Salvatore Russo was born in Lipari in 1964, but has lived on Stromboli all his life. He started off working as a bricklayer, and his interest for art initially led him to take up photography, capturing the beauty of his natural surroundings. In the winter of 2009, he was walking along the deserted beaches of the island among volcanic stones when he realised he could make out faces in those stones, faces that the volcano and the sea had given them. So he decided to take them home and sculpt those faces more clearly. For Salvatore, every stone has its own story and feelings, and he handles them with tender care. For more information on his work see here

Artist Salvatore Russo (1964) is born in Lipari and lived in Stromboli his whole life. From volcanic stones he finds on the shore of Stromboli he creates faces. The art pieces he creates are very popular and sold to art lovers world wide.
Artist Salvatore Russo (1964) .  The sculptures he creates are very popular and sold to art lovers world wide.

Visitors to Stromboli must try out the local food. Zurro, one of the best chefs on the island, has a restaurant at Via Crivelli 5. He comes from a simple Stromboli family and has remained loyal to their traditions. He had a poor and hard life when he was growing up, and is used to enjoying dishes such as Pasta Stromboliana, with tomatoes, anchovies, capers, olives and peppers. He recreates those basic recipes while adding his own twist.


A trip to Stromboli helps show you how simple life can be. In modern times, most of us live in big, hectic cities. Technology and commercialism have led us to create so many additional problems for ourselves, and to think that we always need more to be happy. Strombolians remind you that the reality is really the opposite: we would be happier if we had a less complicated life, if we were more respectful of our surroundings, and if we were connected to nature rather than our smartphones.

Fisherman Mario Caccetta (59) early in the morning during a fishing trip.
Fisherman Mario Caccetta (59) early in the morning during a fishing trip.

Here is a video of Cris’ interviews with some of Stromboli’s inhabitants:

For more information about Stromboli’s geological features, see here

For a blog on Stromboli’s place in culture and what you can do on a day out in Stromboli and nearby Panarea, see here


15 thoughts on “Stromboli volcano: a lesson in respect, nature, and life

  1. I used to live on Stromboli from 1964 to 1968. We owned the last house on the island not far from the new port today. In my day, there was no running water, nor electricity, no restaurants and tourist shops and no doctors. One Policeman who rode a motor bike! I climbed the volcano with one other friend…no groups, no hard hats, just a torch. We never left at 4 pm…tooooo hot. We would leave in The dark at 10:30 pm and arrive 3 hours later. Rest on top for an hour or so. Then start the decent just as dawn was breaking. Those were the days. Now it has been spoilt with houses renovated, hotels, bikes, restaurants, running water, air con, Vespas running here and there making loud noises and ships arriving and departing every day. When I lived there we had one ship a week from Naples and one ship a week back to Naples. If the weather was too bad to take the long boats out to the ship, we had to wait a week for the next return! Oh, turn back the clock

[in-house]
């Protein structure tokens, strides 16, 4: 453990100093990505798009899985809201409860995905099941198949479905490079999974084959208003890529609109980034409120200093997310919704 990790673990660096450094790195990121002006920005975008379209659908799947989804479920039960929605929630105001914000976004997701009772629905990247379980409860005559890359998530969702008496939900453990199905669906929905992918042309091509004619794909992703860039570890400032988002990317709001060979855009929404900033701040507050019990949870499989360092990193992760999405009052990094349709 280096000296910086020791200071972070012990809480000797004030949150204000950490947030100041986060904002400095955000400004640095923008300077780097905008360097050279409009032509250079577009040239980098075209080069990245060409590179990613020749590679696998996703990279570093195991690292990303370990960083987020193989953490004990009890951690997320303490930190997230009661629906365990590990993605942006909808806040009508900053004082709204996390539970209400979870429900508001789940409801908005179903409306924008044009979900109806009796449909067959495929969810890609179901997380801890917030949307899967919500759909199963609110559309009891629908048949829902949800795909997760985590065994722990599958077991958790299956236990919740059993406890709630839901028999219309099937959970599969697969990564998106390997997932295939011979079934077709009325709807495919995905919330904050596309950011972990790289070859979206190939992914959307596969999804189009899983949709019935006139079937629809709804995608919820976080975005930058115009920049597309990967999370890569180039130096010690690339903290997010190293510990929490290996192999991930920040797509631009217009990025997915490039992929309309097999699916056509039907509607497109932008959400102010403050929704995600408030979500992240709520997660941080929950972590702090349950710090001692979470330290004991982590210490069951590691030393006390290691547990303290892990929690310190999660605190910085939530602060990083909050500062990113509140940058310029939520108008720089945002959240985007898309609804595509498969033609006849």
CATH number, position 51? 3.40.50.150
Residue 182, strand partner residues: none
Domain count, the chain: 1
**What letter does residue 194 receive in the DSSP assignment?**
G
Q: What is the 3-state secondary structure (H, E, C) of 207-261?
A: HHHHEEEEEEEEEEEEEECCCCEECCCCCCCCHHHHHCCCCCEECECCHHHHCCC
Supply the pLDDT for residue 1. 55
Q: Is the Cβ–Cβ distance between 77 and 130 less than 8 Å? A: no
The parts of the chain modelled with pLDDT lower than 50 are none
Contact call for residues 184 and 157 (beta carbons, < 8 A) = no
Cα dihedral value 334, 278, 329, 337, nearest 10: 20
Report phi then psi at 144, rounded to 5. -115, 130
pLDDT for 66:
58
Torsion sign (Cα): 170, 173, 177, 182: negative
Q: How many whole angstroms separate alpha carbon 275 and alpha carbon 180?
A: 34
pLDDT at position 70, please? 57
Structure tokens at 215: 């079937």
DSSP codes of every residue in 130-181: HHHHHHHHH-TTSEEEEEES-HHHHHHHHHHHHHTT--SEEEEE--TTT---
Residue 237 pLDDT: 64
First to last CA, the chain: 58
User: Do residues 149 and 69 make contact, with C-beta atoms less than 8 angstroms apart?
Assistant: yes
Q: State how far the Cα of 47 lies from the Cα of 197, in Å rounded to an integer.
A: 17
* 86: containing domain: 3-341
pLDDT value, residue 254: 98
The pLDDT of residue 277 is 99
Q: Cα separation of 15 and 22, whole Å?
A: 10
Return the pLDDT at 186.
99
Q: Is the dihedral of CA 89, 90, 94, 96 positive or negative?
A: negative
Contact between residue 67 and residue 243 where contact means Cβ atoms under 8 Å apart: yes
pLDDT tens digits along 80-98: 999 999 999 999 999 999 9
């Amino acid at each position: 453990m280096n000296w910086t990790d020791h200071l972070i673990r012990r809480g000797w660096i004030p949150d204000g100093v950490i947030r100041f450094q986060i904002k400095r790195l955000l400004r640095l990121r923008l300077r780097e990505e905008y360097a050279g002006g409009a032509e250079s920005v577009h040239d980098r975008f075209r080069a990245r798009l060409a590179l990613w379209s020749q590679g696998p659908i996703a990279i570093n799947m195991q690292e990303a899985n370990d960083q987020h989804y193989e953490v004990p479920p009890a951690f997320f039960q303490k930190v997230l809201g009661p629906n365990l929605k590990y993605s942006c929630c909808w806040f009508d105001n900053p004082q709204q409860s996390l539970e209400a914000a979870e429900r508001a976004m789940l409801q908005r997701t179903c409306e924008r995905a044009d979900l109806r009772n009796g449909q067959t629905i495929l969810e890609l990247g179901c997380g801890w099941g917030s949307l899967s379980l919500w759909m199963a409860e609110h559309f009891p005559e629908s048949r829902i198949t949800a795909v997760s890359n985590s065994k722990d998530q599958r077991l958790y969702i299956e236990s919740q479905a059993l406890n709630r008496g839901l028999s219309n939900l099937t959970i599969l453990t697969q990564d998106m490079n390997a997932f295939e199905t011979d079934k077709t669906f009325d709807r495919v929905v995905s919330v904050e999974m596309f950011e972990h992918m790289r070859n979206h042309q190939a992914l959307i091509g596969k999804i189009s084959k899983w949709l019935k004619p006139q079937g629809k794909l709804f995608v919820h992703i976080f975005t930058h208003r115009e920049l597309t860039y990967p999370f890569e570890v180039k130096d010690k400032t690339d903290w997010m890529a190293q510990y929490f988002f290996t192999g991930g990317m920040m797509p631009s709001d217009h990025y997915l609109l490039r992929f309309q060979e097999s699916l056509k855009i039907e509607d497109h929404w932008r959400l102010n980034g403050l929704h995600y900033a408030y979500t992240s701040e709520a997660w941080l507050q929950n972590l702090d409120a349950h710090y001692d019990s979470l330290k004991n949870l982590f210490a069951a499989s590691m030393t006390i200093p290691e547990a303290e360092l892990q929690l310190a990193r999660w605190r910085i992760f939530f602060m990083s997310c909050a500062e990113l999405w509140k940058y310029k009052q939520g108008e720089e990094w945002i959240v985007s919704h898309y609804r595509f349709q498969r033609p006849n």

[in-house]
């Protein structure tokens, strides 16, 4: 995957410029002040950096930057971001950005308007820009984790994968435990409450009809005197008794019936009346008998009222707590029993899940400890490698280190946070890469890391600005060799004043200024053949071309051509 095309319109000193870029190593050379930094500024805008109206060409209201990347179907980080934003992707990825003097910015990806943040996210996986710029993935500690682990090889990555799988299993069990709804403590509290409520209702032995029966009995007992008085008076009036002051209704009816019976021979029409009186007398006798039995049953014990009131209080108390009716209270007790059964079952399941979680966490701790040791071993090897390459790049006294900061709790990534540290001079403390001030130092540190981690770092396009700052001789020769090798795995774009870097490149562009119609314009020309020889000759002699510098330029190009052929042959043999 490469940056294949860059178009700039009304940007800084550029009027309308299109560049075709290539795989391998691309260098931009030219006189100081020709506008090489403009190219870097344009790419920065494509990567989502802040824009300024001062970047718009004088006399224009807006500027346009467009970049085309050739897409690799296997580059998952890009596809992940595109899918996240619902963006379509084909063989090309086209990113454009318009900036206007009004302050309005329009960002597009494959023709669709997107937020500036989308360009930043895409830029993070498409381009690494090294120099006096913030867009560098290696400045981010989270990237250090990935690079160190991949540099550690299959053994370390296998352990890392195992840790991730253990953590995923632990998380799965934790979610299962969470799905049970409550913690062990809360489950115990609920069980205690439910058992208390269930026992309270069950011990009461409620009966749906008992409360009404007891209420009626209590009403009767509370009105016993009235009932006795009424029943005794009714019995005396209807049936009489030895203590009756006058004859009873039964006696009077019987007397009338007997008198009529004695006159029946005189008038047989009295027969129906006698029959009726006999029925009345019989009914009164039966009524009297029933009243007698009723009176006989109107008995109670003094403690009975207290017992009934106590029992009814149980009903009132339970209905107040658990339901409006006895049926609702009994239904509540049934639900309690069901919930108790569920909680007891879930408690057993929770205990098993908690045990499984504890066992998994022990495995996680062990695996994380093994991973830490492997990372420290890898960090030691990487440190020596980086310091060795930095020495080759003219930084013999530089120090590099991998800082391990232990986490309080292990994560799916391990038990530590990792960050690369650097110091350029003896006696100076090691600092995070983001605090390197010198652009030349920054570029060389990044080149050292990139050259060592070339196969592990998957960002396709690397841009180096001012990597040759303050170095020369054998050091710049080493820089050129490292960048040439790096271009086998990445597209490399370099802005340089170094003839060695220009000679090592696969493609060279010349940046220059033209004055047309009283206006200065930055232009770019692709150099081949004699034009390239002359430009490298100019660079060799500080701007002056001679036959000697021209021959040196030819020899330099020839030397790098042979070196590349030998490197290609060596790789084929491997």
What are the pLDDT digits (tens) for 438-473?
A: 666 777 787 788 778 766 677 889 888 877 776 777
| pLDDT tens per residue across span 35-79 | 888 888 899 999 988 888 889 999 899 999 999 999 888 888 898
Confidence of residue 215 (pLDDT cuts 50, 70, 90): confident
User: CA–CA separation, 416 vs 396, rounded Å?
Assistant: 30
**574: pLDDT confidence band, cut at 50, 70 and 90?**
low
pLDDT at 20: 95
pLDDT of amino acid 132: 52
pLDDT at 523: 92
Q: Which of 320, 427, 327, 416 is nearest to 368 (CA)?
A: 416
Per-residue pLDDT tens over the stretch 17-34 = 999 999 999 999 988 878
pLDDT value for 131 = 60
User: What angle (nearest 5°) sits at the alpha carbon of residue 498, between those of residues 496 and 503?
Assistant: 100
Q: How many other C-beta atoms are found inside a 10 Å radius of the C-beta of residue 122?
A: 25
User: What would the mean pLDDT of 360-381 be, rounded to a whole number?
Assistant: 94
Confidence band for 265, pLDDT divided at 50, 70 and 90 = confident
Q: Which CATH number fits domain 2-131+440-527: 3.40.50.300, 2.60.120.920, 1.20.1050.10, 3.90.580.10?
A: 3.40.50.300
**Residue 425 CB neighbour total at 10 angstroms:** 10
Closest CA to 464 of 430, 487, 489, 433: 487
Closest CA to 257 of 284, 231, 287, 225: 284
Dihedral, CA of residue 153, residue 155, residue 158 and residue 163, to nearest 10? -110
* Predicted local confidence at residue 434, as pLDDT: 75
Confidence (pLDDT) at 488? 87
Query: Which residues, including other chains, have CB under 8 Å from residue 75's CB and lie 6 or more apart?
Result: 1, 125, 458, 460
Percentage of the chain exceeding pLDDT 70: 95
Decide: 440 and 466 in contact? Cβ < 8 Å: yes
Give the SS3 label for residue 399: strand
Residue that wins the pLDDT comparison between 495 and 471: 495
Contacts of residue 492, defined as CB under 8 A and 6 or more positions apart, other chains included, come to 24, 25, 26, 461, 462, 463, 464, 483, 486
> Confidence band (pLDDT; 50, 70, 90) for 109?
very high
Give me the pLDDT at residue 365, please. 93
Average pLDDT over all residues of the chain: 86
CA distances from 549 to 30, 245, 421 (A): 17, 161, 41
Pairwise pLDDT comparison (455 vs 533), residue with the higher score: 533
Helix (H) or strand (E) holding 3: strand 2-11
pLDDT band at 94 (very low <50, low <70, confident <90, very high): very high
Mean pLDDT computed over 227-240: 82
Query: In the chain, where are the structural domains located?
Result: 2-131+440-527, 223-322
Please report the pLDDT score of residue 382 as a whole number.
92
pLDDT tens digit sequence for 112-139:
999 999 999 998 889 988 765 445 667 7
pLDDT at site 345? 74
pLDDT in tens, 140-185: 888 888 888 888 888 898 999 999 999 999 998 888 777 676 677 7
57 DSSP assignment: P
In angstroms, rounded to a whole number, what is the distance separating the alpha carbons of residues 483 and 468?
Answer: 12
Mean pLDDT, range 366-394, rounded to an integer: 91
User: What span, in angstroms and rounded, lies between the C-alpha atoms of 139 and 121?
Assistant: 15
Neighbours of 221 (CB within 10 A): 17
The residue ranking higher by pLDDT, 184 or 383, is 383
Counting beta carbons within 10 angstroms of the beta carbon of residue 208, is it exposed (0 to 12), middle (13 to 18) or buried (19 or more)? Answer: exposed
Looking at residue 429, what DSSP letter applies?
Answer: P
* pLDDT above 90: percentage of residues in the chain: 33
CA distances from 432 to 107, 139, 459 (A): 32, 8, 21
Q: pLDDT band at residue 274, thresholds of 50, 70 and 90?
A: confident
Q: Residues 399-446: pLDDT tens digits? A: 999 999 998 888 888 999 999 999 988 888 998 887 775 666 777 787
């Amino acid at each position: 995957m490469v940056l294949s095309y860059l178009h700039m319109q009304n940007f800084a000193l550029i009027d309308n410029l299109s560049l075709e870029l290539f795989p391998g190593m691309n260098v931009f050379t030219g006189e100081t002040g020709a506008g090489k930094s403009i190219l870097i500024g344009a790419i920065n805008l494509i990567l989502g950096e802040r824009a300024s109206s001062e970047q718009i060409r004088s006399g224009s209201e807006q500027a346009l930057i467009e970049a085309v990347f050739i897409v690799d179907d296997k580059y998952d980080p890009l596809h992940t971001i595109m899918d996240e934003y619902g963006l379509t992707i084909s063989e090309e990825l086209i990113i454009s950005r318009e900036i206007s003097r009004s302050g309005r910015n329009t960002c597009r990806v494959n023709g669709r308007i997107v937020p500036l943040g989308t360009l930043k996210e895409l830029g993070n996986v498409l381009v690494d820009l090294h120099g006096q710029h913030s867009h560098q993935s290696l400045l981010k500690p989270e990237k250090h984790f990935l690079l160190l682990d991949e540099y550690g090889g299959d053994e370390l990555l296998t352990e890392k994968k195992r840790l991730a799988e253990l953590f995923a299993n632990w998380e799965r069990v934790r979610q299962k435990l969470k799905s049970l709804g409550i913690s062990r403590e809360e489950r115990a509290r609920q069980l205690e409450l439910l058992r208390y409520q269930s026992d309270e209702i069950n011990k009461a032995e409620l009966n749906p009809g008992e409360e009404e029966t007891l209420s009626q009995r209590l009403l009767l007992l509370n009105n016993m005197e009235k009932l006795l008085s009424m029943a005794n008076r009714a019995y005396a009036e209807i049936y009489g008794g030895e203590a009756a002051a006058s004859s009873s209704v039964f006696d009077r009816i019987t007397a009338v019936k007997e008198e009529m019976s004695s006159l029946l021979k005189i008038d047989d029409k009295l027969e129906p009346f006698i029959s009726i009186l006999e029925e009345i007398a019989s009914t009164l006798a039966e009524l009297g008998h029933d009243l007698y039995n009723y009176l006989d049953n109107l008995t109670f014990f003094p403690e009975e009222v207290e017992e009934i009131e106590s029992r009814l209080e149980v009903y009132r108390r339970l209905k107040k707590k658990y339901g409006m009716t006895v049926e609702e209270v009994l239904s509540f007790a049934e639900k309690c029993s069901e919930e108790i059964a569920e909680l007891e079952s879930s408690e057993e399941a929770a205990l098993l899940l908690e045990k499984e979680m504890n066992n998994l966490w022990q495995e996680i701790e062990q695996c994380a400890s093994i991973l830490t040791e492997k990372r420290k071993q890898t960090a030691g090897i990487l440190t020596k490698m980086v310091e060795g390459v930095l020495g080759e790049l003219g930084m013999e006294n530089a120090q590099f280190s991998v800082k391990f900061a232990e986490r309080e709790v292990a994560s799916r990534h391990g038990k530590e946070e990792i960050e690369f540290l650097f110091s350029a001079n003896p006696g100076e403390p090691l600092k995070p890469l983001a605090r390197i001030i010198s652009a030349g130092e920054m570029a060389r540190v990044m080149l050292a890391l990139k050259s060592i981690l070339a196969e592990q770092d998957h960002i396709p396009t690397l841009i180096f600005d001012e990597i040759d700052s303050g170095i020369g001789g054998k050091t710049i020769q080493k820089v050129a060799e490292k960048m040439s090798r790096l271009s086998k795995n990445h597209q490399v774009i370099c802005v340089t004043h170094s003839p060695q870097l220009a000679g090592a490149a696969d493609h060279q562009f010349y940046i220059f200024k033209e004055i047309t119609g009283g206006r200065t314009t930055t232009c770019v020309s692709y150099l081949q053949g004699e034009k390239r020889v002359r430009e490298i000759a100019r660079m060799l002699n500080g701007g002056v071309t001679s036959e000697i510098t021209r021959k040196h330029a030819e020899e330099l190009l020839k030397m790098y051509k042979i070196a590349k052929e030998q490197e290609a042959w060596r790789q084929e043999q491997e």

1. Fascinating. Thanks for your story Faith. Why were you based on Stromboli? What do you remember liking most about the island? I imagine the commercialism has spoiled some aspects, but several locals seem happy to welcome tourists as it provides them with income. Of course tourism always needs to be managed carefully.

      1. We were living in Rome at the time. My mother hurt her back and it was recommended she take us children to Stromboli for the summer months so that she could lie on the black sand which was supposed to be good for bad backs. The island at that time only had 200 people (locals). If you have seen the film “Stromboli” with Ingred Bergman, the island depicted was exactly how I knew it. I loved the total isolation living there. The water boat only came in once or twice during the summer….so we learnt how to manage water as our cisterna was very small. When I returned in 2006, I wept for 4 out of the 5 days…the island was ruined for me…it was noisy with those little Vespas running around. Any back when, there were only one or two. There were two shops and one little tourist shop. The vegetable boat came once a week on a Wednesday and if we wanted meat, you had to take a boat to Lipari for a three hour shop. I think some old stewing meat may have come on the vegetable boat but I am a little hazy on that as it was my mother who bought the provisions. The boat ” Lipari” came from Naples on a Tuesday morning around 5 am. It anchored off ahore and the long boats came to fetch us off the ship. The local priest would always ride in the front of a boat. When the sea was rough, going down the ship’s ladder and jumping into the long boat had to be timed correctly as the long boat rose up to the end of the ladder! I was lucky enough to climb the volcano when it was in full eruption… 1967 or 1968. I brought a friend from Rome down to the island to open the house for the summer and naturally wanted to take her up. As we rounded the hill where the lovely restaurant is near the lava flow , we were able to see the entire red lava flow from top to the water. I had never experienced this but insisted on going to what I called stage 2 of the climb. At stage two you are much closer and you could feel the heat from the lava flow. I took the decision to go to the top. Needless to say, we stopped only for 15 minutes once at the top instead of a couple of hours. A few days later a friend with one of those inflatable motor boats took me around the island but he would not go anywhere near where the lava tumbled into the water as he was afraid of melting the rubber boat!